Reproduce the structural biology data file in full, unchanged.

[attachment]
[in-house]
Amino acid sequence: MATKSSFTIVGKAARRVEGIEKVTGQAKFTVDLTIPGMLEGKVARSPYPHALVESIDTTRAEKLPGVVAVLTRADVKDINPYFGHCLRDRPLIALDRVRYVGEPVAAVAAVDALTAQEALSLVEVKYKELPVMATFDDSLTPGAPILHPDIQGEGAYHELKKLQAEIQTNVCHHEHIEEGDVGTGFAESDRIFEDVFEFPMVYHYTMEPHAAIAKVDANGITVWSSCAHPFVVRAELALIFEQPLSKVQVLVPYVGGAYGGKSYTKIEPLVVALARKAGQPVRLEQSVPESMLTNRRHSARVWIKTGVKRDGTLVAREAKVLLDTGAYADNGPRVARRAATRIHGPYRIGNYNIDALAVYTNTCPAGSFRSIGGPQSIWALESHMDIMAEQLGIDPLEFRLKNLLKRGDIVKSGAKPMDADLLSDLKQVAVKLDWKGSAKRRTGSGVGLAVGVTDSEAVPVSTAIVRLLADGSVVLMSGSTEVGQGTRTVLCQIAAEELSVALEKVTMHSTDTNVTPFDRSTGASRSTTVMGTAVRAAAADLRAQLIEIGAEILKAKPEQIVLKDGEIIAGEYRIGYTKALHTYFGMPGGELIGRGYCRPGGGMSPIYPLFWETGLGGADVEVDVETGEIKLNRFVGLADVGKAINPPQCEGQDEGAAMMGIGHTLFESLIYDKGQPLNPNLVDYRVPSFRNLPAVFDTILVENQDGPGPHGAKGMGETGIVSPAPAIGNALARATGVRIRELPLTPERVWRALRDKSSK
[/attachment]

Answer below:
[in-house]
Amino acid sequence: MATKSSFTIVGKAARRVEGIEKVTGQAKFTVDLTIPGMLEGKVARSPYPHALVESIDTTRAEKLPGVVAVLTRADVKDINPYFGHCLRDRPLIALDRVRYVGEPVAAVAAVDALTAQEALSLVEVKYKELPVMATFDDSLTPGAPILHPDIQGEGAYHELKKLQAEIQTNVCHHEHIEEGDVGTGFAESDRIFEDVFEFPMVYHYTMEPHAAIAKVDANGITVWSSCAHPFVVRAELALIFEQPLSKVQVLVPYVGGAYGGKSYTKIEPLVVALARKAGQPVRLEQSVPESMLTNRRHSARVWIKTGVKRDGTLVAREAKVLLDTGAYADNGPRVARRAATRIHGPYRIGNYNIDALAVYTNTCPAGSFRSIGGPQSIWALESHMDIMAEQLGIDPLEFRLKNLLKRGDIVKSGAKPMDADLLSDLKQVAVKLDWKGSAKRRTGSGVGLAVGVTDSEAVPVSTAIVRLLADGSVVLMSGSTEVGQGTRTVLCQIAAEELSVALEKVTMHSTDTNVTPFDRSTGASRSTTVMGTAVRAAAADLRAQLIEIGAEILKAKPEQIVLKDGEIIAGEYRIGYTKALHTYFGMPGGELIGRGYCRPGGGMSPIYPLFWETGLGGADVEVDVETGEIKLNRFVGLADVGKAINPPQCEGQDEGAAMMGIGHTLFESLIYDKGQPLNPNLVDYRVPSFRNLPAVFDTILVENQDGPGPHGAKGMGETGIVSPAPAIGNALARATGVRIRELPLTPERVWRALRDKSSK